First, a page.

Pope names 5 new cardinals

Pope names 5 new cardinals

Catholic World News – May 22, 2017

At the conclusion of his May 21 Regina Coeli address, Pope Francis announced that he will create five new cardinals in a June 28 consistory.

The five prelates are

Archbishop Jean Zerbo, 73, of Bamako, Mali
Archbishop Juan José Omella Omella, 71, of Barcelona
Bishop Anders Arborelius, OCD, 67, of Stockholm
Bishop Louis-Marie Ling Mangkhanekhoun, IVD, 73, apostolic vicar of Paksé, Laos
Auxiliary Bishop José Gregorio Rosa Chávez, 74, of San Salvador, El Salvador

Of the five, only one—Archbishop Omella—comes from a see that has a recent tradition of governance by cardinal archbishops. Also, four of the five come from countries that have never before boasted a member of the College of Cardinals; again Archbishop Omella is the exception.

In choosing Bishop Rosa Chavez to receive red hat, the Pope made another unconventional move, selecting an auxiliary bishop rather than the leader of the archdiocese, Archbishop José Luis Escobar Alas. Bishop Rosa Chavez was close to the Blessed Oscar Romero, a former Archbishop of San Salvador, who was killed in 1980.

Three of the prelates named to be cardinals—Archbishop Zerbo, Arborelius, and Mangkhanedkhoun—come from countries where Catholics form a very small minority of the population. Mali is overwhelmingly Muslim. Sweden’s religious landscape is dominated by Lutheranism, although most Swedes now describe themselves as having no religious faith, while Islam is a growing force in the country. Laos has a Buddhist majority, with many people adhering to local folk religions, and less than 1% of the population Catholic.

The creation of the five cardinals will increase the membership in the College of Cardinals to 227, of whom 121 will be eligible to vote in a papal election.

“Let us commend the new cardinals to the protection of Saints Peter and Paul,” the Pope said to the faithful gathered in St. Peter’s Square, “so that by the intercession of the Prince of the Apostles, they may be genuine servants of ecclesial communion, and by that of the Apostle to the Gentiles, may be joyful heralds of the Gospel throughout the world and, with their testimony and their counsel, they may support me more intensely in my service as Bishop of Rome, universal Pastor of the Church.”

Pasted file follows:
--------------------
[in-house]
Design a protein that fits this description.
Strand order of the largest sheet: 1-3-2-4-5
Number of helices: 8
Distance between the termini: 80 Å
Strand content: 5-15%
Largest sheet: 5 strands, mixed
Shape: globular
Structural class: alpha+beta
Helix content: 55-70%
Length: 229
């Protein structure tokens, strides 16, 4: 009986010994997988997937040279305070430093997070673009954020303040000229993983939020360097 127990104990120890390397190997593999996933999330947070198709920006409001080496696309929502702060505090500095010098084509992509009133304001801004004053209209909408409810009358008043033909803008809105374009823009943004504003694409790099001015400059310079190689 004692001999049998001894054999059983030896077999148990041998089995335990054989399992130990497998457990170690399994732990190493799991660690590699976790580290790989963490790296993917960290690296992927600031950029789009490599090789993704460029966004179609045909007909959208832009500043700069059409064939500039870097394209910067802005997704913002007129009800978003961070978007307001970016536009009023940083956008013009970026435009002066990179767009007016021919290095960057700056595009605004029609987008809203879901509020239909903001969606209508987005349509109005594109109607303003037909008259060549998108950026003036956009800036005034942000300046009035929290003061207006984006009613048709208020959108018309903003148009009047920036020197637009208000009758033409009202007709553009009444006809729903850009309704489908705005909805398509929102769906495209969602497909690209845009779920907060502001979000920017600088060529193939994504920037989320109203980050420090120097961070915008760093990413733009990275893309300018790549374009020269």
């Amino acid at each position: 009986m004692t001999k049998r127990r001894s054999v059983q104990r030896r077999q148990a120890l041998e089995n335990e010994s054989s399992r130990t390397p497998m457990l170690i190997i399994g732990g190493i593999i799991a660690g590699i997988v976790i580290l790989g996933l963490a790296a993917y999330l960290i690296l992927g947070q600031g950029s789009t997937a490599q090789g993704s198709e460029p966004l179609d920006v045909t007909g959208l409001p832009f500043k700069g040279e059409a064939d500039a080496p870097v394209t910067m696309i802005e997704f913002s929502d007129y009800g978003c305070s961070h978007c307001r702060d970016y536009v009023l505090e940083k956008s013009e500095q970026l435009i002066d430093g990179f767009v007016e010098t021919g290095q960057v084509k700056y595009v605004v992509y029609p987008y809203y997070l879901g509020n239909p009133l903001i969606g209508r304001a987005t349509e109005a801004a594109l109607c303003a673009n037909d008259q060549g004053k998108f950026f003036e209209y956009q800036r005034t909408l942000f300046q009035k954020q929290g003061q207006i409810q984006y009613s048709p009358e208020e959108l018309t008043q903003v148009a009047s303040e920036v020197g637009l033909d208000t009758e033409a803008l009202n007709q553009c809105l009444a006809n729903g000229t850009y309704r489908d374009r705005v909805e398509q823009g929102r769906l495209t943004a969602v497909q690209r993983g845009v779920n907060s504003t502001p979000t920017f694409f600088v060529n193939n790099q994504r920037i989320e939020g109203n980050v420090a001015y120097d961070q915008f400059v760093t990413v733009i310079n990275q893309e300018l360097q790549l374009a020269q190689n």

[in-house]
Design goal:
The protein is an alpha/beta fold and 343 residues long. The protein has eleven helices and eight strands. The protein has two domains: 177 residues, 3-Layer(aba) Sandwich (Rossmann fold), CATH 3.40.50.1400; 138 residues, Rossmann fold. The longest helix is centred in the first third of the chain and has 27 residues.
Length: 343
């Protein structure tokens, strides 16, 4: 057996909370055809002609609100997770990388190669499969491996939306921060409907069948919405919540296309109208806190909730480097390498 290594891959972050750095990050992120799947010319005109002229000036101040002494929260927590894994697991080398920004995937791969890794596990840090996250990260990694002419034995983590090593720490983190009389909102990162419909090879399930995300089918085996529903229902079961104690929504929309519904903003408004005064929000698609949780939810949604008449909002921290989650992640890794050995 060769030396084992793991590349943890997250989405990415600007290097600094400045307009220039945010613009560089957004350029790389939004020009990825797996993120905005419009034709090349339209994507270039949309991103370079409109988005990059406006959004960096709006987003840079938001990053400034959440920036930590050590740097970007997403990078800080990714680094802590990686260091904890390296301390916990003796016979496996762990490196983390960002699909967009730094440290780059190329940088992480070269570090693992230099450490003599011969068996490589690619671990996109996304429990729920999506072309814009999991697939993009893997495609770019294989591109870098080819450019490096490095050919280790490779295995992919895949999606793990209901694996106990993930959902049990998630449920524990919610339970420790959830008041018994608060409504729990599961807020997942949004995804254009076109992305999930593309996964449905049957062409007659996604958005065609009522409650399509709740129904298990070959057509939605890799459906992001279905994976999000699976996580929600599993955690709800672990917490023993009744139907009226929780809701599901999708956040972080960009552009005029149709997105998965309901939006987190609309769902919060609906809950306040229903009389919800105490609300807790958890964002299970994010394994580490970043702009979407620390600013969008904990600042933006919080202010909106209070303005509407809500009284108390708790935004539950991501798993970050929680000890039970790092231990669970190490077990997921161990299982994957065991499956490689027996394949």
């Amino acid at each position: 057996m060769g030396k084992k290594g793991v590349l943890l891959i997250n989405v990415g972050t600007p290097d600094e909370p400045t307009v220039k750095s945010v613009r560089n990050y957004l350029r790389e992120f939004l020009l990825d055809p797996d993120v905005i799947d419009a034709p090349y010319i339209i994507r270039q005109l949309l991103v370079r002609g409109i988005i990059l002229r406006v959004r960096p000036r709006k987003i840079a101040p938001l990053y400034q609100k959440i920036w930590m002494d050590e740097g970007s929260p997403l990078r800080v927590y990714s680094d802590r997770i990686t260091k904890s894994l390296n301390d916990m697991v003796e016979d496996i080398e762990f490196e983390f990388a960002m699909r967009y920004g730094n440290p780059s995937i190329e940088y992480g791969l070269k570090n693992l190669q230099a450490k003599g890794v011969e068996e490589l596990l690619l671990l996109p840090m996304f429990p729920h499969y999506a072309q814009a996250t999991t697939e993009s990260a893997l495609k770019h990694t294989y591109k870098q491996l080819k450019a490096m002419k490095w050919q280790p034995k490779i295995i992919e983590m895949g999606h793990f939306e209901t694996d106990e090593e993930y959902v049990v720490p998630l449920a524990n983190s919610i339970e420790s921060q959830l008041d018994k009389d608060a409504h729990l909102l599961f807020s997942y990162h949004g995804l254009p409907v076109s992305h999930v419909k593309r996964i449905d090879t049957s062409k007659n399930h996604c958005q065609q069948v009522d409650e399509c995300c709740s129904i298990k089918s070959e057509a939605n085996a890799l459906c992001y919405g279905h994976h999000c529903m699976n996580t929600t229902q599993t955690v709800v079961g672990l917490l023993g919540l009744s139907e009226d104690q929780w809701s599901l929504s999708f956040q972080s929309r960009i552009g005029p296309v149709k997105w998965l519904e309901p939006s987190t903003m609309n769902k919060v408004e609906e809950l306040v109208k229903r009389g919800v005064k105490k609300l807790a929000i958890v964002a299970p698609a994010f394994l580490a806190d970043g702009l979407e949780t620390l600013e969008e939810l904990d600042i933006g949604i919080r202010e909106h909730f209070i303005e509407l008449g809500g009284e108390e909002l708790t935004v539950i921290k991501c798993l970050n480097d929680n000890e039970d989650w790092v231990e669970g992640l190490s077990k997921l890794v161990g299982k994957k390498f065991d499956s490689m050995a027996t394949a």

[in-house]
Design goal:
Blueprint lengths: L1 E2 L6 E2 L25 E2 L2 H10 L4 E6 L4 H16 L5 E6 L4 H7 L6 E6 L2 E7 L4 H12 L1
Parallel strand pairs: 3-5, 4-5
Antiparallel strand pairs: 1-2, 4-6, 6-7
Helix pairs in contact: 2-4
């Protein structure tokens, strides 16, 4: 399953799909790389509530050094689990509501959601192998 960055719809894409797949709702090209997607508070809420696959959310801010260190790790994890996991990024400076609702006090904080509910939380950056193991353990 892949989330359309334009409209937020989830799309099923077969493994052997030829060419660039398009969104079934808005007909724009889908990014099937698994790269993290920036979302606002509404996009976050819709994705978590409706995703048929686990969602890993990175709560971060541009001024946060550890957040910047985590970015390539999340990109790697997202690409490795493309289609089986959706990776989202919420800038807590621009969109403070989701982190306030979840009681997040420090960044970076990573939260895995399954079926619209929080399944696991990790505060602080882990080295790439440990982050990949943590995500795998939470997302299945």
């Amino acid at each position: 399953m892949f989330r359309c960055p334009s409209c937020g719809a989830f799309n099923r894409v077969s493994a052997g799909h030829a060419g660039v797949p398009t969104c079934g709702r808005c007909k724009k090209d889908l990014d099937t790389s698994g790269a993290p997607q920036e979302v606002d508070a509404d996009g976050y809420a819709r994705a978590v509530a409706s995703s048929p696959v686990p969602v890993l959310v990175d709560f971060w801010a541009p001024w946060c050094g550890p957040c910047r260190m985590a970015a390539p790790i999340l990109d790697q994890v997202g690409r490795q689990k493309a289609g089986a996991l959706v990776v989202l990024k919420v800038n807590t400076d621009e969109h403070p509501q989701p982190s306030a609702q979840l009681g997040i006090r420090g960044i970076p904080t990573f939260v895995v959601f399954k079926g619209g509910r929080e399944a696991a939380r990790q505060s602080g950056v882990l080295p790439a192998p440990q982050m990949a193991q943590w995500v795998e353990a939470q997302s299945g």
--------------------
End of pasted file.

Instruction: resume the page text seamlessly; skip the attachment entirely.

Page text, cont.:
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3 comments on “Pope names 5 new cardinals

  1. From: Pope Francis Calls Consistory to Create 5 New Cardinals (Edward Pentin, National neo-Catholic Register, 5/21/17):

    [First Swedish cardinal since the Reformation for the first ethnically Swedish bishop since the Reformation; no over-packing of the College of Cardinals as previously rumored but enough to insure the continuing influence of the St. Gallen Group that engineered Francis’ election]

    Many Swedish Catholics are celebrating the choice of Bishop Anders Arborelius. The first ethnic Swede to have been consecrated bishop since the Reformation (most Scandinavian Catholics, particularly clergy, are immigrants or of immigrant descent), Bishop Arborelius played a key role in ensuring the Pope’s sensitive and controversial visit to Lund last year to mark the 500th anniversary of the Reformation went smoothly.

    A Discalced Carmelite who was received into the Catholic Church at the age of 20, he is highly regarded by many Swedish Catholics who attest to his orthodoxy.

    Despite speculation the Pope would introduce a new rule which would do away with the advised 120 limit of cardinal electors and increase the number to over 150, for now he will roughly adhere to the established practice, exceeding the limit by just one.

    Currently there are 116 cardinals eligible to vote in the next conclave. Not until next year does the next cardinal exceed the voting age for cardinals, when Italian Cardinal Antonio Vegliò turns 80 on Feb. 2.

    With the five announced today, Francis will have chosen 49 cardinal electors, close to half of the College eligible to vote in the next conclave.